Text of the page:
A friend and fellow blogger had tipped me earlier this week that today might be a day to write about plate. I had almost forgotten all about this theme until now on Friday evening.
My apartment is far too small to hold as many plates as it does. I love old china, and also admire newer plates with patterns that are vintage inspired.
The above plate is from a set of celadon tinted ironstone I bought in the mid 1970's, thinking that I might as well get something to dress up my tabletop. Floral patterns please me, perhaps just like floral scents also suit my taste. I have never chipped a plate or cup from this pattern.
The above blurry close up of a central motif is part of a set of bone china I bought decades later. It is fun to bring this out every now and then when I have friends for tea. I no longer have room to really serve a dinner party, even it I do have plenty of plates!
This even more out of focus floral design is in the center of plates that I was given. They once belonged to a relative from another era. I am afraid to use these plates, because I would not want to damage them. I don't feel quite so protective of china that I have bought for myself.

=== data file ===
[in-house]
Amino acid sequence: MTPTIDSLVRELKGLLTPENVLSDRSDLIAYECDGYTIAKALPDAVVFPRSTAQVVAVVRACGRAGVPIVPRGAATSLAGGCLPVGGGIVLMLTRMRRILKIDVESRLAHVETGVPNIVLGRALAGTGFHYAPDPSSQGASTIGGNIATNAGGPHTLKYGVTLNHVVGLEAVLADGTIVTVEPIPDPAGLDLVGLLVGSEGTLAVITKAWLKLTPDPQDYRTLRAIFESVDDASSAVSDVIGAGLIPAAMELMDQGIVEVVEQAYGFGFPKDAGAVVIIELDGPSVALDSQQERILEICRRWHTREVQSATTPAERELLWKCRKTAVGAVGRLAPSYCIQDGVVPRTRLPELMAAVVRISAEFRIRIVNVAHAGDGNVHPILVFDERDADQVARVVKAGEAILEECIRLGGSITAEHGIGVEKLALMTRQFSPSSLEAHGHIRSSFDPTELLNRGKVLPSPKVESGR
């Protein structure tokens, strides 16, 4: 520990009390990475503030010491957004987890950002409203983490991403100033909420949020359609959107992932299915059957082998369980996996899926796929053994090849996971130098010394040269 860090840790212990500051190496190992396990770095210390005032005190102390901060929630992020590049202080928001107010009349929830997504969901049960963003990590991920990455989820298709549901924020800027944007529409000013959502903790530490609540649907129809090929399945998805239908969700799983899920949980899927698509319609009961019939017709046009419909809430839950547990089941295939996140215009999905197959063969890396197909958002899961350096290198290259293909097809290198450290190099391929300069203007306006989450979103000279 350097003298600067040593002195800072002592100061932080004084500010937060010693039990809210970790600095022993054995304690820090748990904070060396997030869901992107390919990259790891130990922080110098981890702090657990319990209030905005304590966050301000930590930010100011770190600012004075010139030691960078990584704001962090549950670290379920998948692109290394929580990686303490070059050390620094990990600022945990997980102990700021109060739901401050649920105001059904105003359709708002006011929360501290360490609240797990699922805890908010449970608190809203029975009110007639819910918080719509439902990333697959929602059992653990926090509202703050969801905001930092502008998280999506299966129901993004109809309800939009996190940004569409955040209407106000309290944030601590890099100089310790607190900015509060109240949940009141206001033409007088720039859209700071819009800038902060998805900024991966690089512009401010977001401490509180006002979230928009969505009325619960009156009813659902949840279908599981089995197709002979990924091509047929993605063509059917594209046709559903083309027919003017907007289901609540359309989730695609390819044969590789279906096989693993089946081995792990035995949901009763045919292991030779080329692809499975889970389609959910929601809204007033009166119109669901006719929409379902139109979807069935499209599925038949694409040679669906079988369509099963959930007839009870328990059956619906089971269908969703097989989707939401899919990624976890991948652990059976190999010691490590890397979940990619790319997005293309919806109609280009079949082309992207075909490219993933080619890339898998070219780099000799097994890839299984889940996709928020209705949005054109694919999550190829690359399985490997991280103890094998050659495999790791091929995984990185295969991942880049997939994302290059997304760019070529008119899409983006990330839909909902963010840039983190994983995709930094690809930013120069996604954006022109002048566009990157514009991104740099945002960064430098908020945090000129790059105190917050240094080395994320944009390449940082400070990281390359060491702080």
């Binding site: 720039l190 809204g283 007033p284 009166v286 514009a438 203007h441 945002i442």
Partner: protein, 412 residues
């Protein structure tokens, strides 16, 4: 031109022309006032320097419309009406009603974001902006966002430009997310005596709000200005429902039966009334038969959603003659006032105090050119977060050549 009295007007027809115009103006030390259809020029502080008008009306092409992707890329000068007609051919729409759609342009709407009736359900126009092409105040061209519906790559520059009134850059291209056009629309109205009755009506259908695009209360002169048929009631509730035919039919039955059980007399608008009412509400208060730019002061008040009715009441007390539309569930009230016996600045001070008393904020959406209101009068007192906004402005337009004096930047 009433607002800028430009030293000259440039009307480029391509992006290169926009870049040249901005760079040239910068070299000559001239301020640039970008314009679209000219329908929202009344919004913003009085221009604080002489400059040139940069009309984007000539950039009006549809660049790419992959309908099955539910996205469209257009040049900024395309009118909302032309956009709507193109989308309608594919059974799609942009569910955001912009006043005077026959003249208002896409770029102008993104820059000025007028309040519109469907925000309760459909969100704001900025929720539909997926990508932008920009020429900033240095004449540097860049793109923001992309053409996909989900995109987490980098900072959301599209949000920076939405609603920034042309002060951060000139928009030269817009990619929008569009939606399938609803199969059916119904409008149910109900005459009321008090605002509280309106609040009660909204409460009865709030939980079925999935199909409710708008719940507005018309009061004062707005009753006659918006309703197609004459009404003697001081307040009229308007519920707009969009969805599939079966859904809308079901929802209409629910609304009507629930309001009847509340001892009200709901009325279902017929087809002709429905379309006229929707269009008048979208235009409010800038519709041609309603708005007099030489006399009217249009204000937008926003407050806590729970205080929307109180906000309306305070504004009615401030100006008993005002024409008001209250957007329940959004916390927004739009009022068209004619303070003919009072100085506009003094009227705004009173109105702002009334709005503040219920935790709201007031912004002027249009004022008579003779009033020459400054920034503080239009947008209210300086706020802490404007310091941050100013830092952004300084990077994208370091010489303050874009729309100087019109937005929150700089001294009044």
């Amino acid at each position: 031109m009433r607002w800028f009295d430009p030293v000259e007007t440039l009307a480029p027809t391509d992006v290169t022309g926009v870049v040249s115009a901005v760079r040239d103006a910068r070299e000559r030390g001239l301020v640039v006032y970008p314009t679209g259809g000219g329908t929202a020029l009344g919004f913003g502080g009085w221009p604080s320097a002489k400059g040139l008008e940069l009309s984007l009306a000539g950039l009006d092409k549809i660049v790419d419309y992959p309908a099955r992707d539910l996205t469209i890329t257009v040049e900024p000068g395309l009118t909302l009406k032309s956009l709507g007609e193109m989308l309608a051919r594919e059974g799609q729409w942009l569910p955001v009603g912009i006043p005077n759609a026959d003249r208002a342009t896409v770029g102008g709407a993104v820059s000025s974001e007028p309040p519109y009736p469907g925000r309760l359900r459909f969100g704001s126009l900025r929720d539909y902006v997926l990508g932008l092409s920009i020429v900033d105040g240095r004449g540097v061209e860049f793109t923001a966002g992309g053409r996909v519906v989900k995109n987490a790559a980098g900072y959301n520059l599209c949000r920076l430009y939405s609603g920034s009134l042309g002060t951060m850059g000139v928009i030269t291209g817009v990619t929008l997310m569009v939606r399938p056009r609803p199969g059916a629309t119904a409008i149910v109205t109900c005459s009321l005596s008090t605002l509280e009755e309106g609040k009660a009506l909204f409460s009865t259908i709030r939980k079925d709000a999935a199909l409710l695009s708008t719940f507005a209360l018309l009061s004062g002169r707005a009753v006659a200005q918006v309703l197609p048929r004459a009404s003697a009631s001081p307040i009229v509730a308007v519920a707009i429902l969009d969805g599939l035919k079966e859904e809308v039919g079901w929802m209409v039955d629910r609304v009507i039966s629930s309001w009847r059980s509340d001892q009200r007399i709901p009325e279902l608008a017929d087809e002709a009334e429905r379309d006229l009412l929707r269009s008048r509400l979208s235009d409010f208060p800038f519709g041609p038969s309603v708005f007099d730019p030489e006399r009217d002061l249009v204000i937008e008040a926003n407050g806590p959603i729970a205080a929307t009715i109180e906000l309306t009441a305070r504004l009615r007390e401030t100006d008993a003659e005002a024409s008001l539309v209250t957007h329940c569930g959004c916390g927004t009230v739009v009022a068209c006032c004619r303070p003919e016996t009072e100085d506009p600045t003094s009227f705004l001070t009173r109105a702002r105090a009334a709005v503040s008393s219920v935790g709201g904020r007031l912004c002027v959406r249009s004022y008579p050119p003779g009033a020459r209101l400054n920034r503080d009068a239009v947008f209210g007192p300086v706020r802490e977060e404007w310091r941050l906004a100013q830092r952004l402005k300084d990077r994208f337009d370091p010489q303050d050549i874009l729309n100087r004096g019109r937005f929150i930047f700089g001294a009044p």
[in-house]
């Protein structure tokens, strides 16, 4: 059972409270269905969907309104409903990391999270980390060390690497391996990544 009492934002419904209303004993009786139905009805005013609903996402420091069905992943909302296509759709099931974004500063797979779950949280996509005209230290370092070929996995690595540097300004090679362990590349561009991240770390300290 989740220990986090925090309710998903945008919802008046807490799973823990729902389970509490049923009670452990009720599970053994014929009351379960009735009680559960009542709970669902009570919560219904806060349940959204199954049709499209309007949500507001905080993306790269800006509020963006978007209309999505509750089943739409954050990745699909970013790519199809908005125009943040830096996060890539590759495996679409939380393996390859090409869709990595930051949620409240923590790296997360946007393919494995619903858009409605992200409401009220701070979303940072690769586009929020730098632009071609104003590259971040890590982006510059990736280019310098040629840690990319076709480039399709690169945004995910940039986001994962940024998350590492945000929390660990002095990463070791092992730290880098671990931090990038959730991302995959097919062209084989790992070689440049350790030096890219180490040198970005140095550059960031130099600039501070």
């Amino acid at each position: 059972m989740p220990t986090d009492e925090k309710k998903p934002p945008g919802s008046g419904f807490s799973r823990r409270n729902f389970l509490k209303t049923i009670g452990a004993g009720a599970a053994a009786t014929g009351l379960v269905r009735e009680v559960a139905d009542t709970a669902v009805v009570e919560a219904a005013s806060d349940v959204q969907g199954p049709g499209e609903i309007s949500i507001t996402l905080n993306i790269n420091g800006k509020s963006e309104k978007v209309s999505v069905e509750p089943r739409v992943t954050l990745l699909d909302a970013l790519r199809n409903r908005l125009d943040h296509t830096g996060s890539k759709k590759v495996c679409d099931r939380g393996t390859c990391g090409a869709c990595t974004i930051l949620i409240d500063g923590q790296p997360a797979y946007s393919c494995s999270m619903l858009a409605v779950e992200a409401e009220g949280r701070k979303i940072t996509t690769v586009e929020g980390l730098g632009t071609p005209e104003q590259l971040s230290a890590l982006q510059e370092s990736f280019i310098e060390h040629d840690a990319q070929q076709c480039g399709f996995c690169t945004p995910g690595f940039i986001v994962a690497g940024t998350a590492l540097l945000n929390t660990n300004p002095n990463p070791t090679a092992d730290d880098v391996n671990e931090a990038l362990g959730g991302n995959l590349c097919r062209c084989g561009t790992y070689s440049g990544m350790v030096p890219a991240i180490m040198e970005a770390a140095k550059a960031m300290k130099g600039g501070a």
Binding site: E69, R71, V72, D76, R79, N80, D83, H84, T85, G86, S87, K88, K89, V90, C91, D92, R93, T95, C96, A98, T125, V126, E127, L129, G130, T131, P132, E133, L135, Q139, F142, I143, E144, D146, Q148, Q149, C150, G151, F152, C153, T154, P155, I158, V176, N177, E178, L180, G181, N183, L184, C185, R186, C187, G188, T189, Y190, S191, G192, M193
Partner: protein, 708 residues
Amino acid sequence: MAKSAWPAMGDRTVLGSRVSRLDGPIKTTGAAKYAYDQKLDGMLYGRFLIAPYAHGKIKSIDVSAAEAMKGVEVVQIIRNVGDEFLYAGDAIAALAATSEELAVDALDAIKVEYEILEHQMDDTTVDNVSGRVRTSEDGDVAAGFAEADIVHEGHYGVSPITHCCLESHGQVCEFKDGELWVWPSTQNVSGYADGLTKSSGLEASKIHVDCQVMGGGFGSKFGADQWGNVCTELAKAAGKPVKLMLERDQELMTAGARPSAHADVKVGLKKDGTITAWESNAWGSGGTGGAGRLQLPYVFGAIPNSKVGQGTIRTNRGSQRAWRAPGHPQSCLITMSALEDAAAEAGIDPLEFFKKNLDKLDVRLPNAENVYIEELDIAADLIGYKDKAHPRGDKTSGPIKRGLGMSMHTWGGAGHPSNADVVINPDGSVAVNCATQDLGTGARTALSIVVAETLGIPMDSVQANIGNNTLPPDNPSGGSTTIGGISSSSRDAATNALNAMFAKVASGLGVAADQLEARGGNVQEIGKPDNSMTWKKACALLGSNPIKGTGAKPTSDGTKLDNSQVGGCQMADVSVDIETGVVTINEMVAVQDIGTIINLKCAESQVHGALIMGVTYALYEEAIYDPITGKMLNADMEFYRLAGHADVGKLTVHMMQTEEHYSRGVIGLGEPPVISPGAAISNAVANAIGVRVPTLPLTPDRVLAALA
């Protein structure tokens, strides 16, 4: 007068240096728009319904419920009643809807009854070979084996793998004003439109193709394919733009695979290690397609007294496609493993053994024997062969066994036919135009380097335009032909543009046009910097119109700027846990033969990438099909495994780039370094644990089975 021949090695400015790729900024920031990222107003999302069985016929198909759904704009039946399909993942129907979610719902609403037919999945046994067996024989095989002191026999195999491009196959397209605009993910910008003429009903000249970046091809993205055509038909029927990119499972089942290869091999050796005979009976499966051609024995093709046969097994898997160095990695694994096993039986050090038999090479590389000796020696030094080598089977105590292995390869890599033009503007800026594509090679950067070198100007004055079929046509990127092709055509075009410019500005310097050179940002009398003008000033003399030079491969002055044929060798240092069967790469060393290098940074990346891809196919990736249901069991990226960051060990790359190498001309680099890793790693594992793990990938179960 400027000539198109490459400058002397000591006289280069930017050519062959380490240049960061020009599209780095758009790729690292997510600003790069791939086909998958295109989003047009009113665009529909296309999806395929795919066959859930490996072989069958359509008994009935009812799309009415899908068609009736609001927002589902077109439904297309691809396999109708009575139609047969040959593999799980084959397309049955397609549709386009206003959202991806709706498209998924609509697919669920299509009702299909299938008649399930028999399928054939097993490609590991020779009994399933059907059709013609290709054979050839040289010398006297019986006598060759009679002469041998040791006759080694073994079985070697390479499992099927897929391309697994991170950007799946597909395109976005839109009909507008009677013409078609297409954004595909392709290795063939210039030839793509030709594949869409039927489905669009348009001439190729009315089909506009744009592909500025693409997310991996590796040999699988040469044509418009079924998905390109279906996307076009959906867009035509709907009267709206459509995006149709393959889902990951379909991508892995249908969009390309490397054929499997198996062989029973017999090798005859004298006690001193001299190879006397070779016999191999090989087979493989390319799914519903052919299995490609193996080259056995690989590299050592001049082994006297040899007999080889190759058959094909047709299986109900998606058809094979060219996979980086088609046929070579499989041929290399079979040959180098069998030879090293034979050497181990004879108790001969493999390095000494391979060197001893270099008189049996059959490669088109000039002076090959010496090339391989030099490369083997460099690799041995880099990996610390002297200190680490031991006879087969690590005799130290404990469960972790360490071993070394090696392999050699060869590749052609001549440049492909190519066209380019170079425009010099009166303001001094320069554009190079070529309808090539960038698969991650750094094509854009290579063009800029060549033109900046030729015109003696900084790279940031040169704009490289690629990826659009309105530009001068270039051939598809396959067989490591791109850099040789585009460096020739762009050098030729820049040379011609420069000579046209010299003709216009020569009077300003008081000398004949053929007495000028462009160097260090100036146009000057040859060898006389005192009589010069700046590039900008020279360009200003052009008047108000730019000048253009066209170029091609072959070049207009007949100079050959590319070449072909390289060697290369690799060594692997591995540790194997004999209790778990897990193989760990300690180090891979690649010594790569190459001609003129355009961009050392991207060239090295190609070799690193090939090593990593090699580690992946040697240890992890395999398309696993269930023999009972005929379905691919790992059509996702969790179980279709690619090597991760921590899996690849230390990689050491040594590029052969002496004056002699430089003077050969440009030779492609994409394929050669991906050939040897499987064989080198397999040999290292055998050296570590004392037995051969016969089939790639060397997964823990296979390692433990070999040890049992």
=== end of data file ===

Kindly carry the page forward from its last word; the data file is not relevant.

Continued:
Lighting not at all good in the above photo, but I am sure that any of you will recognize the pattern. I was astonished recently to learn that the pattern is no longer made in the traditional way. I regularly use plates, cups and saucers in this pattern. Some are chipped and some are mended. I don't mind a bit.
At some point years ago, I went through a white china phase, and this plate is one of the last remaining pieces of porcelain. The cups from this pattern have beautiful graceful shape, and I have drawn and painted them several times.
Ah, here is another old favorite. These plates, cups and saucers had a rough time of it on my table and there are not many left. I also love the pheasant motif and have painted it many times.
Once I thought that I would eventually have a house, with a proper kitchen and dining room and that china would have a purpose. I no longer have those sorts of plans. Even so, I don't regret having spent time selecting these plates, not to mention all the other antique cups and saucers that find various places of honor in my close quarters.
After all, none of this is being made any more. I never thought my daily china would become so rare during my own lifetime.
Sweet dreams to all.